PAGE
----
Samuel Randall House

Samuel Randall House 

The Samuel Randall House at 31 Baker Street

The Warren Preservation Society owns the Samuel Randall House at 31 Baker Street.   When the organization purchased the building in 1998 it had aluminum siding and most of the architectural details had been removed.  WPS received a Rhode Island State grant to do an architectural survey of the property.  Lombard Pozzi, a local architect who specializes in historic architecture was hired and the survey was completed in 2001.  The organization moved it's headquarters into the first floor.  Today the house currently operates as a five-unit apartment building.

In 2005, with existing funds and a private loan, WPS was able to begin structural repairs to the building.  Using the architectural survey, WPS realized that it was critical to address the roof and leaks in order to prevent further damage. First, one of the four chimneys was restored, and the roof was replaced in 2006.  Next, the interior stairway and hallway was restored, and a number of the apartments were painted and updated.  Finally, in the summer of 2008 the massive effort to restore the building's exterior began.  The clapboard, window frames, and soffits were repaired by Scott's Woodworking of Warren.  Jonathan Glatt produced 100 hand carved corbels for the exterior facade and the building was painted.  The heating system was updated with five high-efficiency gas units and energy saving updates were made to the electrical system.

Currently the house contains five apartment units. Most have been upgraded with new kitchens and bathrooms over the past five years.  The grounds have been landscaped with a beautiful garden on the east side of the property.  In the summer of 2017, the exterior of the house was painted and repairs were made to the clapboard and windows.  Insulation was added to some of the exterior walls during this process.  The garage and the monitor have also been completely restored.  Plans for the future include painting the main hallways and staircases, as well as some plumbing and bathroom updates in the apartments.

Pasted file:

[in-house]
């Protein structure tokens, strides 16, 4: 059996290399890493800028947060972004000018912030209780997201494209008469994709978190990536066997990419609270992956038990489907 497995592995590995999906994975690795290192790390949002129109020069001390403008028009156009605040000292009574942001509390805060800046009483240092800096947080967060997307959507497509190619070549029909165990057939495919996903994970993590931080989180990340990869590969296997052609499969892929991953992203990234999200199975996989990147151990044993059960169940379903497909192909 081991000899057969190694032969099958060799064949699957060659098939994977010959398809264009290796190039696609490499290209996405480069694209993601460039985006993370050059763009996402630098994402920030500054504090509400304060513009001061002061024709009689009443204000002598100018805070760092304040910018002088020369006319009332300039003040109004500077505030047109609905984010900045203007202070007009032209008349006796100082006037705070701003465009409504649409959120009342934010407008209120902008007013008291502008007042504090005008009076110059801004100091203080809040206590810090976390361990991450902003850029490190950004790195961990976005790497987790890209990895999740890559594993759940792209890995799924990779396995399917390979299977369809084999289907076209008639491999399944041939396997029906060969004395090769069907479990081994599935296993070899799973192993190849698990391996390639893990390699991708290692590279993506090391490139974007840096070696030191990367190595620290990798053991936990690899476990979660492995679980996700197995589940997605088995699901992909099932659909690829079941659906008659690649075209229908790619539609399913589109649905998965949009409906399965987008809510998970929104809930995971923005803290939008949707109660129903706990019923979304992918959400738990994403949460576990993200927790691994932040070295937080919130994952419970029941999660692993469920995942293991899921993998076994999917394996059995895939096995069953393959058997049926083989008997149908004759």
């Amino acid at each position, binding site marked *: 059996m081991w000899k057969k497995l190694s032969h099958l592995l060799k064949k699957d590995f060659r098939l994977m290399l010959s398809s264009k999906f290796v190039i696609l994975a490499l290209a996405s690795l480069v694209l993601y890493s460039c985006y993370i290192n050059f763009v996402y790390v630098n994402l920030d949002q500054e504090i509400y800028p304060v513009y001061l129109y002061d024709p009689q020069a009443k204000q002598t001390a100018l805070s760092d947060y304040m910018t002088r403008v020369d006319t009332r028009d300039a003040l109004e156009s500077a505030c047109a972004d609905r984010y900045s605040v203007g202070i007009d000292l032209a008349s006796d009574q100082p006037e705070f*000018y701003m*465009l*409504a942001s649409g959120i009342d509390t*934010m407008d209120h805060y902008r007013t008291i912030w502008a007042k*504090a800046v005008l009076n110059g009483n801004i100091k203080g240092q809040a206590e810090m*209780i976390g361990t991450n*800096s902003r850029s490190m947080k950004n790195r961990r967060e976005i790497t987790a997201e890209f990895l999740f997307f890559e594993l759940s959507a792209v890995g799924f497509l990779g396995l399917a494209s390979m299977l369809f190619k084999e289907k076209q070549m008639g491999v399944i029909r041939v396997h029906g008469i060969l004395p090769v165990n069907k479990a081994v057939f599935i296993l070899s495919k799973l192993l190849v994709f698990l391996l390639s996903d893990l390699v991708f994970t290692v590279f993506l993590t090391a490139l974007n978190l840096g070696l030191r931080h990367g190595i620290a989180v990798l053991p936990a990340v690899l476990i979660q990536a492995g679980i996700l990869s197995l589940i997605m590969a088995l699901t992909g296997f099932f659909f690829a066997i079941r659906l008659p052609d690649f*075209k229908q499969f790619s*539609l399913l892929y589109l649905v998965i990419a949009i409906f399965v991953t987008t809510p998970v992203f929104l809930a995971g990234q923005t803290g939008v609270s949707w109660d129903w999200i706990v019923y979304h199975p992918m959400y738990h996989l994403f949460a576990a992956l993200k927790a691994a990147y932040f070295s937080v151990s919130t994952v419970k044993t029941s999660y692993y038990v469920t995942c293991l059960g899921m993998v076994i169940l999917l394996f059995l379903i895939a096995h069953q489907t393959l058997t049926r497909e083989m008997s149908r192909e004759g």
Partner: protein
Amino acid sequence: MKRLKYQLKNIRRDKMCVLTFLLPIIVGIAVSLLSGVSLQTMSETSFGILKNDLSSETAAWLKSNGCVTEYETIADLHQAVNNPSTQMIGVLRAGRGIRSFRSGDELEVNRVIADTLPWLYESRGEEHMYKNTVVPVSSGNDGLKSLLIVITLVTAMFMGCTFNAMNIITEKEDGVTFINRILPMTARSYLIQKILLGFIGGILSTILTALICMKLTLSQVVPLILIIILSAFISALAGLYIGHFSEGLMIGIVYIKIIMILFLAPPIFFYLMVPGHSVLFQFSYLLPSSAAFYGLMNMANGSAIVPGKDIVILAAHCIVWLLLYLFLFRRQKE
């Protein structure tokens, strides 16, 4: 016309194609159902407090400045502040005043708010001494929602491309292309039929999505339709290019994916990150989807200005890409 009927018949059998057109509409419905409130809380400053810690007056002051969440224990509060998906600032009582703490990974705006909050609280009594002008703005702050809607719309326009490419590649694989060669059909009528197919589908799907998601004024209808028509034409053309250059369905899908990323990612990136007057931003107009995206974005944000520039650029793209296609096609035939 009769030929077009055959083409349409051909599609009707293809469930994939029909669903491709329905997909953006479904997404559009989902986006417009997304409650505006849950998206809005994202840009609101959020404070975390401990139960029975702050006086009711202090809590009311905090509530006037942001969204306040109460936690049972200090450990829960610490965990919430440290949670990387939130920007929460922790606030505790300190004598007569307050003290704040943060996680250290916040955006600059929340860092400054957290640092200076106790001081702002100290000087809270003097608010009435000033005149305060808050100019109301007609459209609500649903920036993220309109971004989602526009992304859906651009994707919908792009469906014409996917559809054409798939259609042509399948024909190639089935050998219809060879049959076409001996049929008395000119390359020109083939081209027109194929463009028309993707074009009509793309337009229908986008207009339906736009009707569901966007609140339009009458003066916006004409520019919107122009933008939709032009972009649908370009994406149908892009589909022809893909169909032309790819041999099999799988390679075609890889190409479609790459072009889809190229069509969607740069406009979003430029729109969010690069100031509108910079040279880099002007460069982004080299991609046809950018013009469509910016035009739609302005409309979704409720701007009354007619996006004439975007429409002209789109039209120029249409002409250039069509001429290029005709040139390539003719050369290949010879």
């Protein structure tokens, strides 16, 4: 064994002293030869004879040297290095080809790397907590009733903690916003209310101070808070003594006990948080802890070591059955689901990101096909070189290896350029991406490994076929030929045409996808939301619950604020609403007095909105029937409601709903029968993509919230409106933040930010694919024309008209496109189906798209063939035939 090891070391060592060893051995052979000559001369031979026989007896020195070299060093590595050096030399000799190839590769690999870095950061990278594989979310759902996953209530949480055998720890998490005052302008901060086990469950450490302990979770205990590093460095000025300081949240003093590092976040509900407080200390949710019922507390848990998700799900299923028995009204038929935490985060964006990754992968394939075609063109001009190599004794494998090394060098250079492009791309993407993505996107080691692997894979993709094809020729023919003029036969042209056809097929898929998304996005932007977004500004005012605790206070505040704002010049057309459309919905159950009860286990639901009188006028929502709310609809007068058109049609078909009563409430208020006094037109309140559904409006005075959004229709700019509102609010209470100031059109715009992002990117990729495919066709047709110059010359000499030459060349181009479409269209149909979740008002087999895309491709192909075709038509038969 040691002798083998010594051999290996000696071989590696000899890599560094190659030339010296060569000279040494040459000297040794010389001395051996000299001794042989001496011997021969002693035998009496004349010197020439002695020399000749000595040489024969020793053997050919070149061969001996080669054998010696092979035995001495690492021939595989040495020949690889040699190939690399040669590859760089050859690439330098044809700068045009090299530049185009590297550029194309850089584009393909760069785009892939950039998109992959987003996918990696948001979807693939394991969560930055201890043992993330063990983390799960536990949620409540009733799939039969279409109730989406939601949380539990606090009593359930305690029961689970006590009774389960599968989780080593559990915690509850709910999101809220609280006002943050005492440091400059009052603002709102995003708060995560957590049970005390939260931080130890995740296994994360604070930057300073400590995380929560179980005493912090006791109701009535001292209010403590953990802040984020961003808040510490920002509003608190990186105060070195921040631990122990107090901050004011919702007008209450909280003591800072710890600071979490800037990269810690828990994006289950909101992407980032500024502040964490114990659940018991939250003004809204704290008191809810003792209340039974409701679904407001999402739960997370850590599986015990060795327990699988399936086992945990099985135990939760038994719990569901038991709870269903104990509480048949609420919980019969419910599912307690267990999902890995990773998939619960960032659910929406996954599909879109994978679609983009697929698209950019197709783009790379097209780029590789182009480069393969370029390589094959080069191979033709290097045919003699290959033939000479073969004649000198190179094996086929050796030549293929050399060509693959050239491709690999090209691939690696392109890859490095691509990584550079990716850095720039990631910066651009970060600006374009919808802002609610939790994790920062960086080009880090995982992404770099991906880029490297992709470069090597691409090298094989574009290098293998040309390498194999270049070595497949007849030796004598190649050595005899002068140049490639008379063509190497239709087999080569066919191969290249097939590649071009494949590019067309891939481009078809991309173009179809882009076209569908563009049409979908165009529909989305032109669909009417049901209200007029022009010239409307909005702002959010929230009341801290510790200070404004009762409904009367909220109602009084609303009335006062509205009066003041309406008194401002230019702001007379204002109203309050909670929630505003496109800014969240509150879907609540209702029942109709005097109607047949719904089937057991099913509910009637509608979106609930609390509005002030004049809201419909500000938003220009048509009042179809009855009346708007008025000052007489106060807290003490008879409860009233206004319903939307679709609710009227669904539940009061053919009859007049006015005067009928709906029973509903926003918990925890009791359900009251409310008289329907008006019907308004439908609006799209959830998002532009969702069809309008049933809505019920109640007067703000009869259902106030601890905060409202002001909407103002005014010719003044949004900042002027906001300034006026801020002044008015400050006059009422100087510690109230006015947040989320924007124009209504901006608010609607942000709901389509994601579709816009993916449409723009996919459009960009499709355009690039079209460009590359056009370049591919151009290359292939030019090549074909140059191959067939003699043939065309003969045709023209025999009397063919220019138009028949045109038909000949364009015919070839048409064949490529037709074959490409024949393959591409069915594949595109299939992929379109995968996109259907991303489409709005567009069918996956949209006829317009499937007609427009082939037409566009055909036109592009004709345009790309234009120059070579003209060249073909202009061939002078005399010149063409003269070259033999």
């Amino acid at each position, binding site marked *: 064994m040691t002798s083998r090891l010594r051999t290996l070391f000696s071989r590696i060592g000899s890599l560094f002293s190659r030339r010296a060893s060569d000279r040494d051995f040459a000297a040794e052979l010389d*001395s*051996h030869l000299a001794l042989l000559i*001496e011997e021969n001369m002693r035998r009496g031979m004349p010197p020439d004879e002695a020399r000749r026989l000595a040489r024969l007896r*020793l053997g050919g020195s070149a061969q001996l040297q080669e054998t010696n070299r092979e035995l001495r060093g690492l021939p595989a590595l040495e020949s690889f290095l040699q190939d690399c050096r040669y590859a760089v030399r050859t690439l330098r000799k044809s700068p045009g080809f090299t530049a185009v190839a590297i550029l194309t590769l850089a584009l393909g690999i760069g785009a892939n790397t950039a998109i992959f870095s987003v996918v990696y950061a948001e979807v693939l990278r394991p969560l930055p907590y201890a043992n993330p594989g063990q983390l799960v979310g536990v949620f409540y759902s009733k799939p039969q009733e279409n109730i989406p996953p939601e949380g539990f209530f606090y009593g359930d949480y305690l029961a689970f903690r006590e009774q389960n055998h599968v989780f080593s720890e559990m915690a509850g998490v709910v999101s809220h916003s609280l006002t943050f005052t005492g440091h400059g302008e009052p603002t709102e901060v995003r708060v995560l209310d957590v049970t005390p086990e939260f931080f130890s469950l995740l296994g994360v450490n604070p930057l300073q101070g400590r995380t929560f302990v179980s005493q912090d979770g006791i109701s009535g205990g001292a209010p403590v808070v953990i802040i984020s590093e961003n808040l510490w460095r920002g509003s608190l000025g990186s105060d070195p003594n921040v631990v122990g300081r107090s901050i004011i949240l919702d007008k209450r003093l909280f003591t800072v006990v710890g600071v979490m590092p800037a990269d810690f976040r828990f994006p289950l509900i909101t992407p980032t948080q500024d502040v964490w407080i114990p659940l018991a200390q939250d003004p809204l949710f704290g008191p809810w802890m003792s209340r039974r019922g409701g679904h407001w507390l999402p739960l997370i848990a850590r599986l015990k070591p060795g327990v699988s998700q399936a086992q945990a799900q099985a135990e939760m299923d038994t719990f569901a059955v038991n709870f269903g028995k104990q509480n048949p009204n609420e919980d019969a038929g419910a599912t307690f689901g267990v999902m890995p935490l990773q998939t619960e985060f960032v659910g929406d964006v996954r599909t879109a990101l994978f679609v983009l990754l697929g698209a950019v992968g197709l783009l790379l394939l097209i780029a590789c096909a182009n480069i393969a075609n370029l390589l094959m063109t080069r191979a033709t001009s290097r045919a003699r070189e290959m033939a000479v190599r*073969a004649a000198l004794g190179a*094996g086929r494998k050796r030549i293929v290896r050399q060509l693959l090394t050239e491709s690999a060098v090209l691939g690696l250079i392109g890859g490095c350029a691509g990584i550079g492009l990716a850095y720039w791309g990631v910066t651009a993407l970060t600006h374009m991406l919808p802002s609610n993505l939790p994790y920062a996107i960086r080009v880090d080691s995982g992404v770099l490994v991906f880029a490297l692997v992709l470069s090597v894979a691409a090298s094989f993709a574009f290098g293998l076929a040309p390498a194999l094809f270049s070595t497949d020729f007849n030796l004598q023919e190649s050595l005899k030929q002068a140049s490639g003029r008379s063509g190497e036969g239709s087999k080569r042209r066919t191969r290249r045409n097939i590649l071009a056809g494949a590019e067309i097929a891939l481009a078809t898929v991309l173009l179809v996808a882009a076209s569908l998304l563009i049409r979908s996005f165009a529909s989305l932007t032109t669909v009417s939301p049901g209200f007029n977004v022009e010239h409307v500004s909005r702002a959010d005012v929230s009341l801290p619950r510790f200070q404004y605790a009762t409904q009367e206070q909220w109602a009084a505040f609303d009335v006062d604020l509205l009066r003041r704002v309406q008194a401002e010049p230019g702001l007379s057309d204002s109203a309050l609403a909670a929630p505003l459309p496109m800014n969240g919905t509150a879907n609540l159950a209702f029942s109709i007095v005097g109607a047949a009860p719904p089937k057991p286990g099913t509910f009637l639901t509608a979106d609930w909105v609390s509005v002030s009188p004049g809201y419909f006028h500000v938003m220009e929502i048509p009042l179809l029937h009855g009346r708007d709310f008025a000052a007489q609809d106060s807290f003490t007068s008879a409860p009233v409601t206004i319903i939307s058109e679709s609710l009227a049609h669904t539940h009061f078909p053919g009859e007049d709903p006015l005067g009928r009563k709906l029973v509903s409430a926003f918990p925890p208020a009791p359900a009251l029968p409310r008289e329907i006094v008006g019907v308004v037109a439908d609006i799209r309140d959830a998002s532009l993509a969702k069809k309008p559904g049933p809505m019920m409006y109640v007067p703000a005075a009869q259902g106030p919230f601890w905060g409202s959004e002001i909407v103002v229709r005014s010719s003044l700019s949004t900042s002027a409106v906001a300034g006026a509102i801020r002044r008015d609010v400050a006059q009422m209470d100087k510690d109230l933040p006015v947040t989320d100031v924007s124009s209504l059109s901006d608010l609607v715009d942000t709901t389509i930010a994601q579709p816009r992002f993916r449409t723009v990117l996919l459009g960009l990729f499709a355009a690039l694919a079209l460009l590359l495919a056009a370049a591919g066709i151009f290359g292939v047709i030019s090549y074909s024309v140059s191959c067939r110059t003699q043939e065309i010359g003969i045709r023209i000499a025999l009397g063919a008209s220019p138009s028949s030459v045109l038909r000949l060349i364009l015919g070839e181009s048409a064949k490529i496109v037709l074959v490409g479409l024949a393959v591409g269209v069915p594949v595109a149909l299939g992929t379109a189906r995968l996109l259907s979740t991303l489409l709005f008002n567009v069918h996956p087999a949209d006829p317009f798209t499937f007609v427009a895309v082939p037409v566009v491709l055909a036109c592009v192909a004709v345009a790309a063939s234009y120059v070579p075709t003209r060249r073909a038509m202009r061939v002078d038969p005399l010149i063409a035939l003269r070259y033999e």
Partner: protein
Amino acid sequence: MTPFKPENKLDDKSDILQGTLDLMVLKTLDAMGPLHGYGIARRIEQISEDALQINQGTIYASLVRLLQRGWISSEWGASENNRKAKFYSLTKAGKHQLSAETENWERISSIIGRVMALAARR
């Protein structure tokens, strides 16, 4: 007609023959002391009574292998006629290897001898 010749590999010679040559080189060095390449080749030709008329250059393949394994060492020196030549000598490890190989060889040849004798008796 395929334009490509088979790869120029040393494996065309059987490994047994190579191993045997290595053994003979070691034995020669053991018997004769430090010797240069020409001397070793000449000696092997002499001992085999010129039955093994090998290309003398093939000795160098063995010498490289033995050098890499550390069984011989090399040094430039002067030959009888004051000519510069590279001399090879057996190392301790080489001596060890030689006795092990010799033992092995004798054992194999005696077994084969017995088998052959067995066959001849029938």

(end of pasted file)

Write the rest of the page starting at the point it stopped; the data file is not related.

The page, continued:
Maintaining and operating a building the size of the Randall House is a challenging and rewarding task for the Warren Preservation Society.  As a non-profit organization we are truly thankful to the individuals who have dedicated their time to the restoration of this beautiful house.

Samuel Randall House in 1998 prior to restoration

Exterior painting and restoration
Historic House Marker 

Orignial article in the Warren Times Gazette in December 1998


The Samuel Randall House at 31 Baker Street, built shortly after 1808, is a structure with classic Federal era proportions.

This building is important to the architectural history of the town.  Patty Maxwell, the daughter of James Maxwell, a wealthy ship merchant, received the house as a wedding gift from her family.  The Samuel Randall House is considered to be one of five "wedding present houses" located in the historic district.

Samuel Randall was born in Sharon, Massachusetts, in 1778, and graduated from Brown University in 1804.  He studied law before moving to Warren, where he took charge of a school before entering the printing business and becoming postmaster, a position held held from 1811 to 1845.  He also served as Warren's Town Clerk, retiring from service in 1860.  He died on March 5, 1864.

It is a 3-story dwelling with a hip roof and monitor, two rebuilt chimneys, central entry with a bracketed hood.  It retains its original window patterns, five windows aligned horizontally and three vertically, in symmetrical rows, the lower two floors with large, double-hung windows with twelve panes of glass, those above, on the third floor, with six-over-six paned windows, the panes on all of them separated by thin window supports, or muntins.

The residential structure was a handsome building, erected during the Federal era, between 1783 and 1814, a formative time of American history.  The American Federal style is directly related to mid 17th century architecture of England.  In the United States, especially in the maritime towns of the Atlantic Seaboard, with their close mercantile ties to England, the Federal style found its greatest popularity with the wealthy, sea-trading merchants.